The Immune System Has Protective Memory Cells, Researchers Discover

By Jeffrey Norris | November 27, 2011

The Immune System Has Protective Memory Cells, Researchers Discover

Abul Abbas, MBBS

The immune system possesses a type of cell that can be activated by tissues within the body to remind the immune system not to attack our own molecules, cells and organs, UCSF researchers have discovered.

The discovery is likely to lead to new strategies for fighting a range of autoimmune diseases – in which the immune system attacks and harms specific molecules and cells within us – as well as for preventing transplant rejection, according to UCSF researchers who report their findings in the November 27 online edition of the journal Nature.

The cells tracked by the UCSF researchers circulate in the blood and are counterparts of the memory cells that help ward off microbial foes following vaccination orrepeated exposure to the same pathogen.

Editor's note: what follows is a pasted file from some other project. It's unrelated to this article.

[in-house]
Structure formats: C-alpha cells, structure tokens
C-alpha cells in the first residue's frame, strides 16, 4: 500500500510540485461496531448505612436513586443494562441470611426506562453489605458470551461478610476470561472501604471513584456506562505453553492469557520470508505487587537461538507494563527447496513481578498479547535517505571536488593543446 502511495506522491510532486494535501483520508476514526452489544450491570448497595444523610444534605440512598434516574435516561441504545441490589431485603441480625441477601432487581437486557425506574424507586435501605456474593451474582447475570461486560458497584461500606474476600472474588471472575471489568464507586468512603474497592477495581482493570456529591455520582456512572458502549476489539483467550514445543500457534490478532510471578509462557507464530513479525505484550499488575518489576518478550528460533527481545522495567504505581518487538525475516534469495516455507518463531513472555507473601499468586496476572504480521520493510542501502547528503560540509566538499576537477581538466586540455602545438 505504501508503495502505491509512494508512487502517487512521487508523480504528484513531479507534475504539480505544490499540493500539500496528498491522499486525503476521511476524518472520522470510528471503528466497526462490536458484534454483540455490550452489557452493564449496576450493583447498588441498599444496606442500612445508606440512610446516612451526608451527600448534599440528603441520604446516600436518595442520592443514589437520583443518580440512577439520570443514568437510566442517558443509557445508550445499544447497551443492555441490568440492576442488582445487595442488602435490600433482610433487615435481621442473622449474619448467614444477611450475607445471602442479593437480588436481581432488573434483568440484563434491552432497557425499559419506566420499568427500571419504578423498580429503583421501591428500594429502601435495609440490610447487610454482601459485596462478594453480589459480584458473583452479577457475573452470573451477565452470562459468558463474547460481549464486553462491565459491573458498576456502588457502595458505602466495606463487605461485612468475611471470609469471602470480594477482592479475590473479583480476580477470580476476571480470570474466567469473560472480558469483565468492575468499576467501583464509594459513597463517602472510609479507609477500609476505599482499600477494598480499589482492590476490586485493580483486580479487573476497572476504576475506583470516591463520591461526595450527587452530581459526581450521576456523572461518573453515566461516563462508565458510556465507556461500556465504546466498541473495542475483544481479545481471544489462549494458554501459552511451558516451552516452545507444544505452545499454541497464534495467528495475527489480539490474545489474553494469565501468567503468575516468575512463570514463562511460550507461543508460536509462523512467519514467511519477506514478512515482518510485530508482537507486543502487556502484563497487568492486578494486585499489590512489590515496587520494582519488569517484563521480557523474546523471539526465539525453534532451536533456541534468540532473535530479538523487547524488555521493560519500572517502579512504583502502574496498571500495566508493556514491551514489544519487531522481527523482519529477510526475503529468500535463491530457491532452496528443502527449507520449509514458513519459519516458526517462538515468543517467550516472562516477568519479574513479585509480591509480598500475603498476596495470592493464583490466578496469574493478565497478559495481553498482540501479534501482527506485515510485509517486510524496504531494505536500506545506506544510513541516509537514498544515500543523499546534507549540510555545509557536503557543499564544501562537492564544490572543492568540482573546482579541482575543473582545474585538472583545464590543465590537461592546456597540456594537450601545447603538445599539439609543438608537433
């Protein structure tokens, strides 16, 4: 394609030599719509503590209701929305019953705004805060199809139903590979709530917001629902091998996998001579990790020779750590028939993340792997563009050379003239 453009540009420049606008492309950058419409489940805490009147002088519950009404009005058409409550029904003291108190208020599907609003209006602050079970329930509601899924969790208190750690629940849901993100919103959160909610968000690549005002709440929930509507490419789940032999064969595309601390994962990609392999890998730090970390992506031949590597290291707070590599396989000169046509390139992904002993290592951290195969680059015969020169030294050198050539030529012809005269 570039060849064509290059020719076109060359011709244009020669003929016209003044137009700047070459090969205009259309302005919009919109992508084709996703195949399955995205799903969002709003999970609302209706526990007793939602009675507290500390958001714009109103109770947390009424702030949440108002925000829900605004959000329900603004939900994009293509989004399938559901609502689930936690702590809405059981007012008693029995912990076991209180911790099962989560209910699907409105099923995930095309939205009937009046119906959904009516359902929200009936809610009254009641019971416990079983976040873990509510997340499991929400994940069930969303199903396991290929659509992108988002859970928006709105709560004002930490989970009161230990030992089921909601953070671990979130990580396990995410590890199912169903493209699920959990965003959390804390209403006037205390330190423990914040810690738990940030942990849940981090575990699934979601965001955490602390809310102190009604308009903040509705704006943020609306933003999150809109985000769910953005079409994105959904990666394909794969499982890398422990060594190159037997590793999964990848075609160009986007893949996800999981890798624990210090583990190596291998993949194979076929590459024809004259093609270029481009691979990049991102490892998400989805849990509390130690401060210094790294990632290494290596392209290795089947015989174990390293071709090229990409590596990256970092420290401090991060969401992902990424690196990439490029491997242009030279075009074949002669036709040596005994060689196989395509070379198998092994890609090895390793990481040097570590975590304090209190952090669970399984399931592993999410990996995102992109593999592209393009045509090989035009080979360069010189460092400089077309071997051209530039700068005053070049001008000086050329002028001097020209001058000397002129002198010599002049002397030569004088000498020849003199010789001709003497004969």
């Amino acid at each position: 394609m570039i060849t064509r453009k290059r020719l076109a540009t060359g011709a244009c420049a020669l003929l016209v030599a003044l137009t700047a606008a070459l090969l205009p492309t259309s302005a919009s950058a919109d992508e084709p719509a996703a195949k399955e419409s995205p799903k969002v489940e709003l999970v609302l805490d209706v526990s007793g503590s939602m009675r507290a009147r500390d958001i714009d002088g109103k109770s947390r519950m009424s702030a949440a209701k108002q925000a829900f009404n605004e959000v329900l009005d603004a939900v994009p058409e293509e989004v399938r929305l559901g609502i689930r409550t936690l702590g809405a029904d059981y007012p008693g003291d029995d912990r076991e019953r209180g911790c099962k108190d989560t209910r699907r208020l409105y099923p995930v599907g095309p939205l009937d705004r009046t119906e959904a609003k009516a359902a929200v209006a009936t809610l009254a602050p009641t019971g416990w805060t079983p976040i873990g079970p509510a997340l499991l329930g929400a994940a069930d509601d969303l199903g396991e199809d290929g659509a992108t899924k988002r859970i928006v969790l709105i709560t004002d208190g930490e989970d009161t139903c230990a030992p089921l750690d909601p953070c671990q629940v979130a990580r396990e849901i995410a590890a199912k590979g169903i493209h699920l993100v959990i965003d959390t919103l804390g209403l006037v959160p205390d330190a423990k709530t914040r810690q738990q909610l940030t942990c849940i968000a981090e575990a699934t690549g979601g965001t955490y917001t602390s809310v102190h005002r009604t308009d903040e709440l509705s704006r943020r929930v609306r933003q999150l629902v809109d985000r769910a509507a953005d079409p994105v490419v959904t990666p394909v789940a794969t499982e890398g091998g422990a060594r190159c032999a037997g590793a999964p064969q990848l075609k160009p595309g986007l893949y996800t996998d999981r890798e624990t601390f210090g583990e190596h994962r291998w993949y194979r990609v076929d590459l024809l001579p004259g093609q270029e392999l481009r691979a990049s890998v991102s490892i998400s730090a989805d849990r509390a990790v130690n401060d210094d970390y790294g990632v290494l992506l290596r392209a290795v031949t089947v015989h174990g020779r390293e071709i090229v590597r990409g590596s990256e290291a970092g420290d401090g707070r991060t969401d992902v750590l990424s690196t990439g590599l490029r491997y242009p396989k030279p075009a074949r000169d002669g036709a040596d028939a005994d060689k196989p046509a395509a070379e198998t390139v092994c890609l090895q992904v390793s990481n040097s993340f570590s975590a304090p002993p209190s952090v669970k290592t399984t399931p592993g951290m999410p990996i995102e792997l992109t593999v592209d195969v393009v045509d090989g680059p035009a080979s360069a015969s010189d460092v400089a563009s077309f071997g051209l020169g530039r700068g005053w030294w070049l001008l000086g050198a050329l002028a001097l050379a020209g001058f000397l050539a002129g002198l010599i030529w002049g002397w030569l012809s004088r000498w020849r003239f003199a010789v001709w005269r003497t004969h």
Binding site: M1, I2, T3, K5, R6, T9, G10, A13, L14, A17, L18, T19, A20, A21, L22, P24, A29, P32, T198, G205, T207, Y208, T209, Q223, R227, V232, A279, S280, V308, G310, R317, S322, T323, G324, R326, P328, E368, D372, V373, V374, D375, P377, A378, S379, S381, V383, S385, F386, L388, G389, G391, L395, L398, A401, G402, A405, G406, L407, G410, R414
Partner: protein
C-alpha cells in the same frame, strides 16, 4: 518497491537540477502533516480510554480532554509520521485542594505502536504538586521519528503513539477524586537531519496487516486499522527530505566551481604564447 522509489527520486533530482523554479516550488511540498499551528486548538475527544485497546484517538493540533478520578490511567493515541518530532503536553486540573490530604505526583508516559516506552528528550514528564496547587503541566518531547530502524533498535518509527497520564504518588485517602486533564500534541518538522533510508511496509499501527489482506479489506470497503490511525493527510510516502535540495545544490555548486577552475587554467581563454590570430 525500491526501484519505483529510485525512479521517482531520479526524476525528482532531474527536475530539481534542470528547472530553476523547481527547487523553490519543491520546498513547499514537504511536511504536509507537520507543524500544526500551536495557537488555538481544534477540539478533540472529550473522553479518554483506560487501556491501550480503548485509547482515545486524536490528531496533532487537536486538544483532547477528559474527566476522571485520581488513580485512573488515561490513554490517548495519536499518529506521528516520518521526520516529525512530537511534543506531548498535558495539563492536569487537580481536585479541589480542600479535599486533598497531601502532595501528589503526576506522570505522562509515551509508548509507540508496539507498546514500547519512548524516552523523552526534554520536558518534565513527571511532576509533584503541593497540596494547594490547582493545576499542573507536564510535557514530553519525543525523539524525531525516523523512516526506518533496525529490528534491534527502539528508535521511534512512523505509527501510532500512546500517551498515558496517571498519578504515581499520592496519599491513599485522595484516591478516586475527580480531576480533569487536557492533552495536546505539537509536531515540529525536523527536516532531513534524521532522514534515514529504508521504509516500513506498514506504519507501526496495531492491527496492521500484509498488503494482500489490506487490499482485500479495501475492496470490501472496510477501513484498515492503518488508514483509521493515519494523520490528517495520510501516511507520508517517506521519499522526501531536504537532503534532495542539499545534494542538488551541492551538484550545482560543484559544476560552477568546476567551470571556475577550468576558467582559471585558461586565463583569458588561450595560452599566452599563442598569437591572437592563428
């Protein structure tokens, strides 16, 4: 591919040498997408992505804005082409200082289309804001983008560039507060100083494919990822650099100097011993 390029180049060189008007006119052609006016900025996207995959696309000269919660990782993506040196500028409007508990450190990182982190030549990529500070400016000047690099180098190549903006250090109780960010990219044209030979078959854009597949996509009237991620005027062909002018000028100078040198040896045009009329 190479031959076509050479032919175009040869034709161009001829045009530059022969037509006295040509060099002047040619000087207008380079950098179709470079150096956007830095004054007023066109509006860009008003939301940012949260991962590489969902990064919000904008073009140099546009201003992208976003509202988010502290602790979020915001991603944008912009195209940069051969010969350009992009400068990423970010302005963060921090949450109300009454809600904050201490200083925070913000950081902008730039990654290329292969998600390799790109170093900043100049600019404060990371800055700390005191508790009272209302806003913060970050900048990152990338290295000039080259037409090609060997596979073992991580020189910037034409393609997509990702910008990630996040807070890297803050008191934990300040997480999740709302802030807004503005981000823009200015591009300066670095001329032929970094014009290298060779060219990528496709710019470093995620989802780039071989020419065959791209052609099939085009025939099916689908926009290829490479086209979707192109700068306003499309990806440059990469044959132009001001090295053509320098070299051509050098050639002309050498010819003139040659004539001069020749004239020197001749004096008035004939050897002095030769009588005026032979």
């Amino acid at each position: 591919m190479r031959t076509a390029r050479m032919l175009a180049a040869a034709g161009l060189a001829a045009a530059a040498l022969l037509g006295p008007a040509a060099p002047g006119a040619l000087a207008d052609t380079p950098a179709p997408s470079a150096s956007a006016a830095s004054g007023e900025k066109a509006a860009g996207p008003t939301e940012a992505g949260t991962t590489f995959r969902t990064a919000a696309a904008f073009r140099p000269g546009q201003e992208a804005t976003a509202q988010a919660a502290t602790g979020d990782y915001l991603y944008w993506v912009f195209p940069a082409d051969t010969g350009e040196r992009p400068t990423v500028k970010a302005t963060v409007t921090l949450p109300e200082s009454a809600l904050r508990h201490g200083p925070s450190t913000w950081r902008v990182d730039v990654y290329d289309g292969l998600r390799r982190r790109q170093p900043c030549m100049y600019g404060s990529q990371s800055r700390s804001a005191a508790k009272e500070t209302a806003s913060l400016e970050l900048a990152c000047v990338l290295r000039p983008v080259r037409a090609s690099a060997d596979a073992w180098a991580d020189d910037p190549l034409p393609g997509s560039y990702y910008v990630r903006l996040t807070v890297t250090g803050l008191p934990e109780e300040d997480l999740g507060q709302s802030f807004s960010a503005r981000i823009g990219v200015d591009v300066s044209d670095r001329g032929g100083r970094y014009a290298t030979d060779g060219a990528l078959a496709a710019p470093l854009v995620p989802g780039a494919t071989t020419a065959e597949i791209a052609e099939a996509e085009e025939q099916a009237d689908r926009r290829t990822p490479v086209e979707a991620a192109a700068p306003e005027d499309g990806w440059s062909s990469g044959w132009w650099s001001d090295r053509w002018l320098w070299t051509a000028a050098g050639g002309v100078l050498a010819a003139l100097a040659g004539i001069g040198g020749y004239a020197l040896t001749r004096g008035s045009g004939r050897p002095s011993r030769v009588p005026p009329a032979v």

UCSF immunologist and chair of the Department of Pathology Abul Abbas, MBBS; Michael Rosenblum, MD, PhD, an assistant professor with the UCSF Department of Dermatology; and UCSF postdoctoral fellow Iris Gratz, PhD, used a mouse model of autoimmune disease to discover a role in immune system memory for cells called activated T regulatory cells.

They found that over time a tissue within the body – in this case, skin – defends itself from autoimmune attack by protectively activating a small fraction of T regulatory cells.

“It’s anovel concept – that tissues remember,” Abbas said. “Subsequent exposure to the same protein that elicited autoimmunity in that tissue may lead to less severe inflammatory disease.”

Autoimmune diseases, ranging from minor to severe, affect an estimated 50 million Americans. Immunologists had for decades blamed these diseases on faulty functioning of immune cells known as lymphocytes, including the cells that make antibodies that normally target foreign proteins found on infectious disease pathogens.

In autoimmune disease, lymphocytes may be directed against “self” proteins. In multiple sclerosis, for example, lymphocytes make antibodies that attack proteins in the insulating sheath that surrounds nerves. In lupus, antibodies attack DNA.

But in many cases autoimmune disease may involve abnormal responses by T regulatory cells, the UCSF researchers said. In recent years immunologists have come to recognize the important role that T regulatory cells normally play not only in ramping down an immune response during recovery from infection, but also inpreventing autoimmune responses.

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